Author(s): Maeng JH, Sakai Y, Tani Y, Kato N
Abstract Share this page
Abstract In the Finnerty pathway for n-alkane, oxidation in Acinetobacter sp., n-alkanes are postulated to be attacked by a dioxygenase and the product, n-alkyl hydroperoxide, is further metabolized to the corresponding aldehyde via the peroxy acid [W. R. Finnerty, P. 184-188, in A. H. Applewhite (ed.), Proceedings of the World Conference on Biotechnology for the Fats and Oil Industry, 1988]. However, no biochemical evidence regarding the first-step reaction is available. In this study, we found a novel n-alkane-oxidizing enzyme that requires only molecular oxygen, i.e., not NAD(P)H, in our isolate, Acinetobacter sp. strain M-1, and purified it to apparent homogeneity by gel electrophoresis. The purified enzyme is a homodimeric protein with a molecular mass of 134 kDa, contains 1 mol of flavin adenine dinucleotide per mol of subunit, and requires CU2+ for its activity. The enzyme uses n-alkanes ranging in length from 10 to 30 carbon atoms and is also active toward n-alkenes (C12 to C20) and some aromatic compounds with substituted alkyl groups but not toward a branched alkane, alcohol, or aldehyde. Transient accumulation of n-alkyl hydroperoxide was detected in the course of the reaction, and no oxygen radical scavengers affected the enzyme activity. From these properties, the enzyme is most probably a dioxygenase that catalyzes the introduction of two atoms of oxygen to the substrate, leading to the formation of the corresponding n-alkyl hydroperoxide. The enzymatic evidence strongly supports the existence of an n-alkane oxidation pathway, which is initiated by a dioxygenase reaction, in Acinetobacter spp.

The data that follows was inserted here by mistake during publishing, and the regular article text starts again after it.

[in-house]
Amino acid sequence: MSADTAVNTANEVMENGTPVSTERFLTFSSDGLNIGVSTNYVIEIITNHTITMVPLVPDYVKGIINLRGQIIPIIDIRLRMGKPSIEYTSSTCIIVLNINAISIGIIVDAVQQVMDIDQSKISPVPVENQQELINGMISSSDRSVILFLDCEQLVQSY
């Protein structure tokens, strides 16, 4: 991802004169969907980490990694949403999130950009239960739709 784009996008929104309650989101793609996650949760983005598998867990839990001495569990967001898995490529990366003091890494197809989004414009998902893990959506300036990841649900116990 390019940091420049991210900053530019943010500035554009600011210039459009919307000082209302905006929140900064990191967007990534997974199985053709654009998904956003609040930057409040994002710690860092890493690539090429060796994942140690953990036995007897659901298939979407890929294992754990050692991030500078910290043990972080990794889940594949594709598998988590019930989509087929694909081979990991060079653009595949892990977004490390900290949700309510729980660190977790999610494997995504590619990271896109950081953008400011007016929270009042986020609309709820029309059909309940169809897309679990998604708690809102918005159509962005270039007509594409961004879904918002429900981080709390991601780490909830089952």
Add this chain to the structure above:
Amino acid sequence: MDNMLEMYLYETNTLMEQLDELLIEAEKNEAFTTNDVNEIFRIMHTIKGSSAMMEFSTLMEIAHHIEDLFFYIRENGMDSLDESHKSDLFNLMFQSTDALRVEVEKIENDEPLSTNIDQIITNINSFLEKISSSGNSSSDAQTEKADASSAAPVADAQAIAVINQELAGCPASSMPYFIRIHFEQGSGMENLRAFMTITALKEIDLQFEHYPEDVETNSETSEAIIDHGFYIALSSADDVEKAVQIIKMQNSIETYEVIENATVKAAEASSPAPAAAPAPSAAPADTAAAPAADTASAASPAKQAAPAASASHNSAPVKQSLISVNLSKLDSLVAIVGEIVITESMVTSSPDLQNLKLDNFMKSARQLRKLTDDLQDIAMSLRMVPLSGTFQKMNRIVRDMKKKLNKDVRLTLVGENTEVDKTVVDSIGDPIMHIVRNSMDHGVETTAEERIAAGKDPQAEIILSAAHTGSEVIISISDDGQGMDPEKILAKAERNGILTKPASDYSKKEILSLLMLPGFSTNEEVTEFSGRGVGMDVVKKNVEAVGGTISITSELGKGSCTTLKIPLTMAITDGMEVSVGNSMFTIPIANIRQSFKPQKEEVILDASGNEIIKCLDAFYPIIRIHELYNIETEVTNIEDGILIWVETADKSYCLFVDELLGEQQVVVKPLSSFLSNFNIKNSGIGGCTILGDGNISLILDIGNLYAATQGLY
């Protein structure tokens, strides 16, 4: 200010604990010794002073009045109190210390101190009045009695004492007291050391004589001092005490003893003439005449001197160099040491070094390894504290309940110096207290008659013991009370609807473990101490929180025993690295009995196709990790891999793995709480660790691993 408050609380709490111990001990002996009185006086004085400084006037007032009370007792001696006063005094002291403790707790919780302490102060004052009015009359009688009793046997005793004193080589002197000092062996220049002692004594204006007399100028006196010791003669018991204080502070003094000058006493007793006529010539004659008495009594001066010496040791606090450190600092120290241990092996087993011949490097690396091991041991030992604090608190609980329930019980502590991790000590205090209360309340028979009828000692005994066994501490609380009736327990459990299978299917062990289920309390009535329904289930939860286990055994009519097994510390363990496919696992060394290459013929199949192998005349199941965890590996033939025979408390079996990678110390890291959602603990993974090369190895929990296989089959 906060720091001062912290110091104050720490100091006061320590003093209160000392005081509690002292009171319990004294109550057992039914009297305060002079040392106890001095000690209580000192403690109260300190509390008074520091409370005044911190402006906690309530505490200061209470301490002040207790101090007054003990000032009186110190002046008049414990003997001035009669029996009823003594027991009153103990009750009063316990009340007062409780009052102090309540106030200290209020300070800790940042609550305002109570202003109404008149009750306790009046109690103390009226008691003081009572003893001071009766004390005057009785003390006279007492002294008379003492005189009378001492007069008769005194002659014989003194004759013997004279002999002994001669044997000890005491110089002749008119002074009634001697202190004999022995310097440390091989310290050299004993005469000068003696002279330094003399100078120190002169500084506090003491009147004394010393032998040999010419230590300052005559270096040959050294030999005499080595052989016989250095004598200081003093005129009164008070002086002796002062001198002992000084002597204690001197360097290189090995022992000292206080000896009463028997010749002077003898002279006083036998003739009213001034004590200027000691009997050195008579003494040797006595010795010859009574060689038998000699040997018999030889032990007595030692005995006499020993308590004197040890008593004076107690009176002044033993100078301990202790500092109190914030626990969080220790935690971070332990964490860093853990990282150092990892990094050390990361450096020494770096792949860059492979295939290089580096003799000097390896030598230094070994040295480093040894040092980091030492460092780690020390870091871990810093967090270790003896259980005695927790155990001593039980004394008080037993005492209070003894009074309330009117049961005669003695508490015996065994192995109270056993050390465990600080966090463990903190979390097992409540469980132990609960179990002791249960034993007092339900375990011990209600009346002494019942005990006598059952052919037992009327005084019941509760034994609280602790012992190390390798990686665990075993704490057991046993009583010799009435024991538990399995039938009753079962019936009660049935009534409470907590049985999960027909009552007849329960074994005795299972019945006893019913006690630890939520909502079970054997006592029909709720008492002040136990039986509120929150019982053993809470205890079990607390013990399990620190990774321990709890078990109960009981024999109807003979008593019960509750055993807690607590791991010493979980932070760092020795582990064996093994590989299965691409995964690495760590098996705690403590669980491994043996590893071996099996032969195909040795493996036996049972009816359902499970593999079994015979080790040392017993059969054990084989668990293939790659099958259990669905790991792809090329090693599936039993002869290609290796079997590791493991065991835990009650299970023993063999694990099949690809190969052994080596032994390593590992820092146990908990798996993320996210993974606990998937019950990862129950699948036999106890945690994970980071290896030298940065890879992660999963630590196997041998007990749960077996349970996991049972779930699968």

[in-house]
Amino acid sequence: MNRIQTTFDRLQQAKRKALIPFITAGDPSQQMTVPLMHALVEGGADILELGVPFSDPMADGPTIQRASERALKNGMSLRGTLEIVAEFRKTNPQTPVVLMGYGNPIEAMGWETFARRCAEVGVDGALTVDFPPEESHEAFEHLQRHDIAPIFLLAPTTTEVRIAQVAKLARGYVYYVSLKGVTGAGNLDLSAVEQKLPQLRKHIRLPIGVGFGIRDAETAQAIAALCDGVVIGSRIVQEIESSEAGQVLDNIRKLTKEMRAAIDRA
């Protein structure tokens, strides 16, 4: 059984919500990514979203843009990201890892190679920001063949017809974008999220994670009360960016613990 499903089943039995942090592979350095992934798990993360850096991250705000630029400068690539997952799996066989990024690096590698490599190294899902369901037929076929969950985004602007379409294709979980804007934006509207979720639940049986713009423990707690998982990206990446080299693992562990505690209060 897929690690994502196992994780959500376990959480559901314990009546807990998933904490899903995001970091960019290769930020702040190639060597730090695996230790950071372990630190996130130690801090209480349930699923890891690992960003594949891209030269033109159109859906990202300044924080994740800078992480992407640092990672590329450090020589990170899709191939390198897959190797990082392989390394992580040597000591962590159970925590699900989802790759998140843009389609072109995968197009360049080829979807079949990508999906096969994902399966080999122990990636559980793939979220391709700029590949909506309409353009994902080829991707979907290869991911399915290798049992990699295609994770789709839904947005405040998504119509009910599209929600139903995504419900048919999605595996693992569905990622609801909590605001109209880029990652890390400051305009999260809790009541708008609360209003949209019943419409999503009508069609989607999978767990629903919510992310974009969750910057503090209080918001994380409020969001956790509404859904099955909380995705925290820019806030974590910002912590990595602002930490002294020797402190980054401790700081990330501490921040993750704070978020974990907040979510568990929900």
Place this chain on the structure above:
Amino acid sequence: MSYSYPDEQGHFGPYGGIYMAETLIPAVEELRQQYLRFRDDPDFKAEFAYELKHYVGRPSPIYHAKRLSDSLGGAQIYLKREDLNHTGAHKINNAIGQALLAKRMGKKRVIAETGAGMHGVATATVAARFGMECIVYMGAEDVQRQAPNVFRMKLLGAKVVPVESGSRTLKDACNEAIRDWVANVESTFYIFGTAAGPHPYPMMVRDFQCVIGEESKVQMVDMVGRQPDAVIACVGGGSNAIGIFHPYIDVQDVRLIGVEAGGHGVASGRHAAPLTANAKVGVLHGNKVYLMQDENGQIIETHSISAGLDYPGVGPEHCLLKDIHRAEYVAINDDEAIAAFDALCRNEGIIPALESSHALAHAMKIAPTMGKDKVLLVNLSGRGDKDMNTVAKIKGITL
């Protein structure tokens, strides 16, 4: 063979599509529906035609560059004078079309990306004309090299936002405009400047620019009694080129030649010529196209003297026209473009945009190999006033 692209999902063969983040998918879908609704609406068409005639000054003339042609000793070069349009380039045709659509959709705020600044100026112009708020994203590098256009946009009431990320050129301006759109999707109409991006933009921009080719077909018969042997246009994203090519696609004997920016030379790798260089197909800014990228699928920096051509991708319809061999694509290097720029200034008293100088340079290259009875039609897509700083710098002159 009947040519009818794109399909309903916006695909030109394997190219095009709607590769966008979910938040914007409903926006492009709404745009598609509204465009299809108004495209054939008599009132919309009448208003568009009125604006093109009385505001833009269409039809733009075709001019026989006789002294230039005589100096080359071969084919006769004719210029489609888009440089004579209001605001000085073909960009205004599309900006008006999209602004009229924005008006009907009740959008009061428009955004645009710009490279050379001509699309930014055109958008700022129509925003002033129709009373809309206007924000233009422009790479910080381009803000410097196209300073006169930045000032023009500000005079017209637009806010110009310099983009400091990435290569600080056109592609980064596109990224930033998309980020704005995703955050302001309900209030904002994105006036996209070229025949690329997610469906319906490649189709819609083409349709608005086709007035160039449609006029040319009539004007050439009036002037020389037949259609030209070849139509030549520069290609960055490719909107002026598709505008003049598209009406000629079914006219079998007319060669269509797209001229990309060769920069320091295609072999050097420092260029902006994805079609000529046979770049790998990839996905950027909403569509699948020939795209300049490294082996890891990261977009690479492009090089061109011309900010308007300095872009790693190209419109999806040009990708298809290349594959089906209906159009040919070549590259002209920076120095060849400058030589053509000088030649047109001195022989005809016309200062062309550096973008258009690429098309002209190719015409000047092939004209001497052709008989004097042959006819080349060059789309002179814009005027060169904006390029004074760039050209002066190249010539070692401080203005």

This article was published in J Bacteriol
and referenced in Journal of Physical Chemistry & Biophysics